Rock guitar developed out of the rock 'n' roll guitar style of the 1950s and rock 'n' roll evolved out of the blues and country 'n' western music of an earlier period. In all these genres the guitar has played a central role and the interchange of ideas and style has provided the guitarist with a large volume of work to draw from.
The term rock was first used to describe the bands of the 1960s and 70s. Though the label rock 'n' roll was still in common use. It was during the 1960s that advances in sound technology allowed musicians to explore the sonic spectrum. The Beatles were one of the first bands to take advantage of the new studio technology and effects with their album Sergeant Pepper's Lonely Hearts Club Band. This focus on the studio being an integral component in rock music has led to some producers and sound engineers becoming as well-known as the bands whose careers they shaped.
Many of these sixties bands started their careers playing rock 'n' roll or the blues. The music began to change in this decade; stereo became the standard and bands started to experiment with effects and amps and the blues form gave way to extended jams. The studio evolved new recording techniques and equipment and this led to a higher fidelity for long-playing vinyl records. Driven by the freedom that all these developments allowed, Rock music moved further away from its blues roots and into the realms of psychedelia.
The standard four-piece rock band line-up was a product of the fifties and sixties. It is still many decades later considered to be the ideal. The guitarist as soloist was always a feature of rock 'n' roll with artists such as Chuck Berry (an admirer of the rhythm and blues artist Louis Jordan and notably copied the guitar introduction of Jordan's 1946 hit "Ain't That Just Like A Woman" for his own composition "Johnny B Goode"), Eddie Cochran, Duane Eddy and Buddy Holly cited as early influences on later guitarists. These early rock 'n' roll solos were short and rhythmic. The idea of the virtuoso rock guitarist began with the early psychedelia experiments. Guitarists were experimenting with effects and feedback and were free to play extended pieces. This led to a new approach to the guitar: extended lead guitar solos, delay effects, double-tracking, improvisation, and feedback. Jimi Hendrix, Eric Clapton and Jeff Beck are three guitarists who took the sixties forms they had been playing into the decade of the seventies. All three added or expanded the sounds and techniques for playing rock guitar.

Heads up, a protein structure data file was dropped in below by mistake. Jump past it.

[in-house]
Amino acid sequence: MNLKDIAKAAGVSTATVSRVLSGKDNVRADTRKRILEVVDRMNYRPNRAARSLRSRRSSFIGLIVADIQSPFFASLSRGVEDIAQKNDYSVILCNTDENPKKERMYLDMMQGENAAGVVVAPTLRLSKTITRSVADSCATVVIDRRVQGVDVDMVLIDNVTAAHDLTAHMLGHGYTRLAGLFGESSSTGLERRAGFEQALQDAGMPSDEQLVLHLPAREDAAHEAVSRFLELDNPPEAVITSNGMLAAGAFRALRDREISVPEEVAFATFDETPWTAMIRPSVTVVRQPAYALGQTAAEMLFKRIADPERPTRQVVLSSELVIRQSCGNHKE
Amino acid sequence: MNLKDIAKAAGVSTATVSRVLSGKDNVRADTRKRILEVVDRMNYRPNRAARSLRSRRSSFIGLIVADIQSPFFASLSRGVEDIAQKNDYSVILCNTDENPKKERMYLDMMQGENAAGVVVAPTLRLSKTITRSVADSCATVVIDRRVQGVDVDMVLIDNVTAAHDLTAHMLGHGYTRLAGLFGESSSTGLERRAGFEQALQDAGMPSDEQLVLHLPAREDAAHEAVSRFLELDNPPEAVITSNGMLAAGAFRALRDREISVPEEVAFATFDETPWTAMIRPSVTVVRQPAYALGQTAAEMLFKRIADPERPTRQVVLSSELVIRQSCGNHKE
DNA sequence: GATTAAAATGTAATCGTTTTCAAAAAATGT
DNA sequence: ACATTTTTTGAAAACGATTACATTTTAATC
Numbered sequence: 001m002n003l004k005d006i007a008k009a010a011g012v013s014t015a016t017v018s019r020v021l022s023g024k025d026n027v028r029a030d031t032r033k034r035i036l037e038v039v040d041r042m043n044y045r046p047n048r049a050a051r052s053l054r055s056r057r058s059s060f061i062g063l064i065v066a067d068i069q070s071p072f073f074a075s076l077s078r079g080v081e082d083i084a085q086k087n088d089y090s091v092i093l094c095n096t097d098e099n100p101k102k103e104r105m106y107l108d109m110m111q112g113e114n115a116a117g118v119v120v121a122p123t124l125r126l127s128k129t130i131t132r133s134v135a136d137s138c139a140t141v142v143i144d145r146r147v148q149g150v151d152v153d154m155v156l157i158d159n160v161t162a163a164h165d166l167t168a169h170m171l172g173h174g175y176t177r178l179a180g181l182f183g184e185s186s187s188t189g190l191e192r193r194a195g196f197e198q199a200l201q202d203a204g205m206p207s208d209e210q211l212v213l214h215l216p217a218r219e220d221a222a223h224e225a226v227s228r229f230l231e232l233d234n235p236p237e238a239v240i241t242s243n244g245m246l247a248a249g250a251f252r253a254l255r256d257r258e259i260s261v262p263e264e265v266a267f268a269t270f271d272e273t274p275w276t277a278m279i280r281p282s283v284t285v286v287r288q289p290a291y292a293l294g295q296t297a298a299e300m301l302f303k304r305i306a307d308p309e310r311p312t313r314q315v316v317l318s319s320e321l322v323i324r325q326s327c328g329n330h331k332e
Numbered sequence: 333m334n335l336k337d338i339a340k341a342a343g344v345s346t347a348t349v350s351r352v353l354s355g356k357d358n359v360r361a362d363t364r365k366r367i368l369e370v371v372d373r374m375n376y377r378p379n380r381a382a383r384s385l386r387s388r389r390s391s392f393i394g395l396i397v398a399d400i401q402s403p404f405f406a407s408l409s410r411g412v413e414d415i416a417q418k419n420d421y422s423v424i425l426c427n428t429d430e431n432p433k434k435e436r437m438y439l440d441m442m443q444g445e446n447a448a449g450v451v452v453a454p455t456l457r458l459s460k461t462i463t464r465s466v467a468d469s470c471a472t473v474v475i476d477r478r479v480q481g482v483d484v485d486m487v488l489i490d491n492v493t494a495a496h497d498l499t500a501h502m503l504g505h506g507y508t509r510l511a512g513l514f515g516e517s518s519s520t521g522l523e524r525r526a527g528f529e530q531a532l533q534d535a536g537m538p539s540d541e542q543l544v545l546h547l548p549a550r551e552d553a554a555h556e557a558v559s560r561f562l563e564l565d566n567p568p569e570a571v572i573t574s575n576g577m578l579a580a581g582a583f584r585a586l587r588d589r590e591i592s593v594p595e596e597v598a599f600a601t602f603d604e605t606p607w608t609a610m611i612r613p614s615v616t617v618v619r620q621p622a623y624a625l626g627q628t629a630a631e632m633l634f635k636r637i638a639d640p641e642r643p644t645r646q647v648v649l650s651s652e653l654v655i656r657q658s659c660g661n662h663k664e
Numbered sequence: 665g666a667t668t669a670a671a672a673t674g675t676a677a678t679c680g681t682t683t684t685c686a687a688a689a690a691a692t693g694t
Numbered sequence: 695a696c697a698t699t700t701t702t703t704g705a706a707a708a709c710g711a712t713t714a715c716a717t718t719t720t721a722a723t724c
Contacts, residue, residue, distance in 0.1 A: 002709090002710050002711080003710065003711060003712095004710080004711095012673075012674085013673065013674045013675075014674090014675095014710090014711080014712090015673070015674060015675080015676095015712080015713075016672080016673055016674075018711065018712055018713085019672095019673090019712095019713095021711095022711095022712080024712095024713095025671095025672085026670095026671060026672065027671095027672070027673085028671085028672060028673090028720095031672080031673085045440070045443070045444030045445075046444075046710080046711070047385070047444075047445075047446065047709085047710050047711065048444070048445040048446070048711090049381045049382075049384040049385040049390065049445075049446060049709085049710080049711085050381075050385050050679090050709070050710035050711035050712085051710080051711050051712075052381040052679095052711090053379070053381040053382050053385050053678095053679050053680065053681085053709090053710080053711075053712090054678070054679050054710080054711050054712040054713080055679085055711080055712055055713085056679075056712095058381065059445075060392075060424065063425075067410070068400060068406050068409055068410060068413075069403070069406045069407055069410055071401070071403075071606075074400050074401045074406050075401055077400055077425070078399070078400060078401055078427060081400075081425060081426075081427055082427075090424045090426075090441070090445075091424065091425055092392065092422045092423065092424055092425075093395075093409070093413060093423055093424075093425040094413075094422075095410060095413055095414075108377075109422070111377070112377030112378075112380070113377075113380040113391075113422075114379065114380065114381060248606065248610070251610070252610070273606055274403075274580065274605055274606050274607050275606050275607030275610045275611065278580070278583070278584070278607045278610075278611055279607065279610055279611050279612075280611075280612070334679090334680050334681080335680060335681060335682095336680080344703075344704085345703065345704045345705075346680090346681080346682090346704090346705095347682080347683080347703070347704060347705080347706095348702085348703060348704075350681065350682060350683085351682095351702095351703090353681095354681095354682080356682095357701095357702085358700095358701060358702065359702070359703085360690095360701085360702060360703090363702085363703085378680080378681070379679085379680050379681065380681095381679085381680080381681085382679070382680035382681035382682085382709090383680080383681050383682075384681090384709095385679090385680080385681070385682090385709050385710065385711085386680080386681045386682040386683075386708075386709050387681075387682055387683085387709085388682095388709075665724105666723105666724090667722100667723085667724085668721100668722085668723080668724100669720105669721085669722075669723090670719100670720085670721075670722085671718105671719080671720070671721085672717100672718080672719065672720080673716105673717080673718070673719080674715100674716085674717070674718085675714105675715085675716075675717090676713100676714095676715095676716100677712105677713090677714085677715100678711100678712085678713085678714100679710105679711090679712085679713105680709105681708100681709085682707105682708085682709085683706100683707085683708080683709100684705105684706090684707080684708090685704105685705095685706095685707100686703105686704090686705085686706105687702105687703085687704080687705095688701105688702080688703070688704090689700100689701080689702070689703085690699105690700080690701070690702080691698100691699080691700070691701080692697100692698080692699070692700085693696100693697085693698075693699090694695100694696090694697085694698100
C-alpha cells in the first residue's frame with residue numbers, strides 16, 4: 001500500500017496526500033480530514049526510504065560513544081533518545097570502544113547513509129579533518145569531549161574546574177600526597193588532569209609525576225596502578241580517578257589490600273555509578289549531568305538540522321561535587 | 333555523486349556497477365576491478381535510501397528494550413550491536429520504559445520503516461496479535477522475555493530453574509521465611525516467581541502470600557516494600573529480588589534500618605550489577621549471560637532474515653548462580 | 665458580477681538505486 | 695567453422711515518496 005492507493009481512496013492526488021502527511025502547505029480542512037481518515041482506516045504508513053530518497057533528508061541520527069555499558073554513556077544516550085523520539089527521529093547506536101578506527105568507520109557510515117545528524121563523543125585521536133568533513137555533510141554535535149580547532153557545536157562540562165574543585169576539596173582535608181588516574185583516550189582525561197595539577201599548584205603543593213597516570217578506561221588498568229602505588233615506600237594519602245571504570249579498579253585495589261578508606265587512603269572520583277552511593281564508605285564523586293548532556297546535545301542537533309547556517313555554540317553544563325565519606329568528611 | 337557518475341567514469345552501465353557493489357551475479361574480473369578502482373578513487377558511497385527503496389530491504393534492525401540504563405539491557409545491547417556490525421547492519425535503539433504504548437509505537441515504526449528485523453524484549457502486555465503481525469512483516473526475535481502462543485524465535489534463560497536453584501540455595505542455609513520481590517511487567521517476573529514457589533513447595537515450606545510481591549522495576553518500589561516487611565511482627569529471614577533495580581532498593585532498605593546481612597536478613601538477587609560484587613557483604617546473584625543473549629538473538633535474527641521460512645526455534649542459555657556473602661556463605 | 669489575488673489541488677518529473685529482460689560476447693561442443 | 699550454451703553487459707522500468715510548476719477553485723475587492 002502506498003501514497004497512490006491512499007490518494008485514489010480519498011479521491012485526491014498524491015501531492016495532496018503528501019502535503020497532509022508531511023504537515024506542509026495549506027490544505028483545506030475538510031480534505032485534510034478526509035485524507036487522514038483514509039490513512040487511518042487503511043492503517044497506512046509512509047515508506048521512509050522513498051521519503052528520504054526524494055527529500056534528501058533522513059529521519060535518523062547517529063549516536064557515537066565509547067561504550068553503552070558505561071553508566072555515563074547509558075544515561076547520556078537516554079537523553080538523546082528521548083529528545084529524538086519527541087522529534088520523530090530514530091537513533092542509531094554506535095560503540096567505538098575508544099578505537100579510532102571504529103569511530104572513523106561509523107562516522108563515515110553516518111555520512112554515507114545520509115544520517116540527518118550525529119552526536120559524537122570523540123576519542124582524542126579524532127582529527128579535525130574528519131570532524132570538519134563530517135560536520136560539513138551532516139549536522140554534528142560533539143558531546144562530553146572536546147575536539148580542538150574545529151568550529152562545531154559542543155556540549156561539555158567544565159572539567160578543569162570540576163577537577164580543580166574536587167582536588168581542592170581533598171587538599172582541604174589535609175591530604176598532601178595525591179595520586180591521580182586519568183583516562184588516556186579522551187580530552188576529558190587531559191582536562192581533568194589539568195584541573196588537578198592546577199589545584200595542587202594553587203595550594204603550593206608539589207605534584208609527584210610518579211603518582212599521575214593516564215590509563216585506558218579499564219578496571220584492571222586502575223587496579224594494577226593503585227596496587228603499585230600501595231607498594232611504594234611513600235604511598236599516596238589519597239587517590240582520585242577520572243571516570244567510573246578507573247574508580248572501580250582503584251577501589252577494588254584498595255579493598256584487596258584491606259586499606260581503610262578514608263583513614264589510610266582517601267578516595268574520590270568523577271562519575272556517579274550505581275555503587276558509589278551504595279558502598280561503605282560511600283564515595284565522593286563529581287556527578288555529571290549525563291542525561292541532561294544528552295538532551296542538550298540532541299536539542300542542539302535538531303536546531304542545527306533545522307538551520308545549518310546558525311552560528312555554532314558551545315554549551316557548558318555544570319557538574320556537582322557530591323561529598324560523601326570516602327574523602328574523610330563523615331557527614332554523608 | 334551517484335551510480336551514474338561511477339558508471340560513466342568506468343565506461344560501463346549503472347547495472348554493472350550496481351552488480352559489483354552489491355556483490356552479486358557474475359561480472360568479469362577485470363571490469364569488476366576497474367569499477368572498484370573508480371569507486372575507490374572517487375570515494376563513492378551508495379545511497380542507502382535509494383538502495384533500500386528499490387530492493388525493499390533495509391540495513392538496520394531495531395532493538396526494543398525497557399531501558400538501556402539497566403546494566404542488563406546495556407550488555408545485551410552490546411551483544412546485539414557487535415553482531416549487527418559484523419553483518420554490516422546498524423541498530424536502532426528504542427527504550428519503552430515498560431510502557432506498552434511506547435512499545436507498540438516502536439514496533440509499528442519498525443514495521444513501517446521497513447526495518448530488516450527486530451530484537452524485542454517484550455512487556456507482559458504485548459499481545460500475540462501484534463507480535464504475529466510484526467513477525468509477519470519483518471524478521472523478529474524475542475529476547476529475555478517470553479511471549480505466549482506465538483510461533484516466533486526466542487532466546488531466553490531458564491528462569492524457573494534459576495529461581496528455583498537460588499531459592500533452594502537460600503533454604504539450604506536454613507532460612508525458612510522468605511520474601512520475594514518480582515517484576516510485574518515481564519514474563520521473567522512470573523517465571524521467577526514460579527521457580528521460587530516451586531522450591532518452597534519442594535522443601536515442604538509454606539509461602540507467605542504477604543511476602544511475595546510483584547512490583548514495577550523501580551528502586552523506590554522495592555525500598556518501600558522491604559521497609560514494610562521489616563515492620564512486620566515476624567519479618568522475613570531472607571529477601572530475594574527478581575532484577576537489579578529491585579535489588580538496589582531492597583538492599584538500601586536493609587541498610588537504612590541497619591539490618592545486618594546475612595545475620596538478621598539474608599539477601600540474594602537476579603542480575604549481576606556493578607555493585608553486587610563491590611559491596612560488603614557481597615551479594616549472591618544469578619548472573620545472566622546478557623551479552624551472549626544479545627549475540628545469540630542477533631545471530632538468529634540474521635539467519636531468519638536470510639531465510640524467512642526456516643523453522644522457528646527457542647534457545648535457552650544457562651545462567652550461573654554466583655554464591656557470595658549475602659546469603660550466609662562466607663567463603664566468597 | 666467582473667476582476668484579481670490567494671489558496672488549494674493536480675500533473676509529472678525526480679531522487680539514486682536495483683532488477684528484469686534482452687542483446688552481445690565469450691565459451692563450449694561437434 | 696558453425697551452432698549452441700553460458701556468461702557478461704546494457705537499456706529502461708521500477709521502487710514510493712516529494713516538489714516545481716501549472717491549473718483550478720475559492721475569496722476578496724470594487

The rock bands that had defined the sixties went on to dominate the seventies. Pink Floyd, The Beatles, The Who, The Rolling Stones are some of those sixties bands. As the seventies progressed, rock music created three important sub-genres: heavy metal, glam rock and progressive rock. All three styles still featured the guitar and if there was any differences between this new music and the earlier rock music, it was one of style not form. As the seventies neared the end of the decade; there was a turn away from the seventies rock sound with the arrival of punk rock. Punk rock guitar style still relied on the rock 'n' roll favorites: barre chords, chordal rhythm and distortion. However punk rock didn't feature long guitar solos and the songs were generally short. This was a return to the short length of the original rock 'n' roll ideals. The roots of punk music can be heard in the first album by The Stooges (released 1969), which didn't sell that well in America and England on first release. However the anarchic life-style and music of The Stooges caught the imagination of the next generation of rockers most notably leading to the Sex Pistols covering "No Fun" on their debut album.
Note the open string of the Fmaj7 and G6 chord.